I’ve been in relationships before that are just like yours. You met, fell in love, and eventually moved in together. Obviously the next step is to get a cat or a dog to add some more love to the home. You will get a bunny and you will name him George and you will love him and pat him and squeeze him. Love, love, love. Continue reading
This is the third and perhaps final installment in this series for novice owners of Homo herriotus pollulus (the common small animal veterinarian). The first article, The Husbandry and Feeding of Veterinarians, and the second, Ethology of the Veterinarian Part II, were eye-opening to many, if the volume of email the author has received is any indication. Here we hope to further enlighten the (as yet) uninitiated.
Greeting rituals. Interactions with animals outside of the workplace take on an atypical form. Veterinarians might perform a verbal acknowledgement of an animal and perhaps pat or stroke it, but will then use this activity to mask a covert inspection of the teeth or palpation of the ribs, or both. Your veterinarian may then incautiously advise the animal’s owner that the animal has “rotten teeth”, or is “obese”. Your veterinarian may learn that this conduct results in social marginalization, but will continue to perform the greeting ritual regardless. It appears to be a hard-wired behavior.
“Hidden” paraphernalia. If you are cleaning up after your veterinarian and come across needles and syringes in its pockets or find them in the lint trap of the dryer, do not panic. It is not a “dope fiend” and is not “chasing the dragon”; it simply ran out of room in its hands to hold everything it needed at some point in its day. If your veterinarian repeats this behavior, you can attempt to train it to empty its pockets before leaving the workplace. This training meets with variable success and requires continual reinforcement.
Pen hoarding. If the problem is pens rather than needles and syringes, the problem is more serious. Controlled studies show that veterinarians cannot be trained to leave pens at the workplace. Don’t even bother. Enjoy your new office supplies.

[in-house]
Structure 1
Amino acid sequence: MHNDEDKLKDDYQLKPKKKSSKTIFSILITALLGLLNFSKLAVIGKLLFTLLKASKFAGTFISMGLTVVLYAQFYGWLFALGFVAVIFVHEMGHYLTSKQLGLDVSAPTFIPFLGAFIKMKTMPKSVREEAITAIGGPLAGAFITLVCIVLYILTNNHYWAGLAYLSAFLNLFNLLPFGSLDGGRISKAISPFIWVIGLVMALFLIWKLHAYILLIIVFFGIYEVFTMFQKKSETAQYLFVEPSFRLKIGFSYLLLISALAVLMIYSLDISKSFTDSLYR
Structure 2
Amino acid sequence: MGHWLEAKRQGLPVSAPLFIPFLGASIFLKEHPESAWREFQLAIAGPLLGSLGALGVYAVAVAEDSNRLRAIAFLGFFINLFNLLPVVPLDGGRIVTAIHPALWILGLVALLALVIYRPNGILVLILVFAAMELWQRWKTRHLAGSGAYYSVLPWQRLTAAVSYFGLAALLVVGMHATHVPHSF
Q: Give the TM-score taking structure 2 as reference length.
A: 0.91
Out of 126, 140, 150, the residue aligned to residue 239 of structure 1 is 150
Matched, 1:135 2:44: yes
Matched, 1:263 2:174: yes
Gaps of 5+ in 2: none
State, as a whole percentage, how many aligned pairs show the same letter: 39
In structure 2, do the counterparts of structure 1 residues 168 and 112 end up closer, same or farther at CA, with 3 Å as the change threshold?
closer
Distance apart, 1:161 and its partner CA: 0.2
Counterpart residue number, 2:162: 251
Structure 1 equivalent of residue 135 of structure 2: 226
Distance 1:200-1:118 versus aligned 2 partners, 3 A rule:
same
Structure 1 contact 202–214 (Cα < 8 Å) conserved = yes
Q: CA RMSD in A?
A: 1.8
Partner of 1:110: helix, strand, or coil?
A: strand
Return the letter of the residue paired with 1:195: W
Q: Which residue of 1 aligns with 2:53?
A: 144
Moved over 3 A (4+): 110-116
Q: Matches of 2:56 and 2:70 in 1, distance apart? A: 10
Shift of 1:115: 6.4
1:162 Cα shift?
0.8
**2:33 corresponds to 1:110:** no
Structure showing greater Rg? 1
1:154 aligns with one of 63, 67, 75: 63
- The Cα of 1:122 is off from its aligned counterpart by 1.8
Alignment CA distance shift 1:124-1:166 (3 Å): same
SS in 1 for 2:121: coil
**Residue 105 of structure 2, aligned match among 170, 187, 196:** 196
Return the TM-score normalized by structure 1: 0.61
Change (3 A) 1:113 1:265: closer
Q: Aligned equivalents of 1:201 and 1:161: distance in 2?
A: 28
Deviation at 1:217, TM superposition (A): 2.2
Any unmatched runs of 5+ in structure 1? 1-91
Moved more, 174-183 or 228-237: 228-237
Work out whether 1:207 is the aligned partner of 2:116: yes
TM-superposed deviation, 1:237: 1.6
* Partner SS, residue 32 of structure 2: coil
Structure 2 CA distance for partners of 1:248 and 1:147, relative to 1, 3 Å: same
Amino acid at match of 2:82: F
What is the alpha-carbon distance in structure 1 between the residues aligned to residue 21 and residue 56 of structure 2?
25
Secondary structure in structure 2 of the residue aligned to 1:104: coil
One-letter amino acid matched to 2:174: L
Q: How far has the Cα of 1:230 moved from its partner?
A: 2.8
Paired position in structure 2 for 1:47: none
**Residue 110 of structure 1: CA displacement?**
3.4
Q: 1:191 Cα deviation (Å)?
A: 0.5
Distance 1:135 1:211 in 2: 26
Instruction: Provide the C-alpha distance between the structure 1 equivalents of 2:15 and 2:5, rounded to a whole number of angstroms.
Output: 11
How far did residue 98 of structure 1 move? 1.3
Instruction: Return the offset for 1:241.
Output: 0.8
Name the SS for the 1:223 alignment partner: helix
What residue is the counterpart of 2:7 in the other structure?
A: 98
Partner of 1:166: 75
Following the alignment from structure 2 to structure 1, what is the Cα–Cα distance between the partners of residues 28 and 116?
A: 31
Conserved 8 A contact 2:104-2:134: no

Scars. Some of those new to H. herriotus relationships may be alarmed by the amount of physical damage evident on their veterinarian, particularly on the medial forearms. You must keep in mind that your veterinarian works every day with animals who suffer its interference with varying degrees of patience. Some love your veterinarian and would never harm it. Others tolerate your veterinarian only as long as it does not step over a certain line, the location of which, in the case of cats, changes from instant to instant. These patients come armed to the fight, and human skin is no match. Expect more battle scars over the years.
Inability to watch nature shows. Your veterinarian may not be able to tolerate the sight and sounds of gory animal death. To you, the footage of a lion eating a gazelle is a fascinating window into the life of a carnivore; to your veterinarian the gazelle is an injured animal that needs fixing. The tension of not being able to relieve the suffering may overwhelm your veterinarian’s nervous system and cause grief. Observe your veterinarian for signs of distress when watching this kind of programming, and consider changing the channel to a more soothing choice like Game of Thrones, The Walking Dead, or an MMA match.
A study came out last year from the Journal of Applied Animal Welfare Science listing the most common reasons that people give for surrendering their dogs to shelters.
They list behavior (specifically, biting) at number 10. There is an argument to be made that the percentage of animals relinquished for behavior issues is much higher than this. Continue reading
This is the second in a series of articles wherein we will attempt to articulate some of the common idiosyncrasies described by experienced owners of Homo herriotus pollulus (the common small animal veterinarian). The first article, The Husbandry and Feeding of Veterinarians, was met with relief by some, who finally had explanations for the bizarre behaviors they were witnessing. We hope to expand the topic here, for the edification of those who are forced (or choose) to interact with veterinarians regularly outside of a professional relationship.
Warning: The following paragraphs may be disturbing to those in the early stages of owning a veterinarian Continue reading
7 Ways to Minimize Lab Result Anxiety
Today I watched an interesting episode of The People’s Court. (Yes, I admit I watch it; I’ve even been known to PVR it. Don’t judge.) In this installment an owner was suing a veterinary clinic for failing to advise her that her dog had a serious illness. Usually these cases end up being a clear case of miscommunication, or unrealistic expectations on the part of the pet owner, but this one was a bit different. Continue reading
Traveling with veterinarians is like extracting teeth – it can be either simply awful or awfully simple, depending on how much work you put into planning and what complications arise. Consider the following carefully in preparation for your next trip.
Make sure you have your veterinarian’s travel documents in order. Check with the consulate for the countries you are entering to determine whether any special vaccinations are required. Make sure that you have its passport updated and have copies of its vaccination certificates. Continue reading
Print one out for every member of your staff and have a contest. Bingo dabbers not required! We would take about a year to have a blackout here, I think – the hardest to get would be flowers and foxtails. And probably birds, since I don’t see many pet birds. We might have to go for a single lines or an X or something to start. Have fun!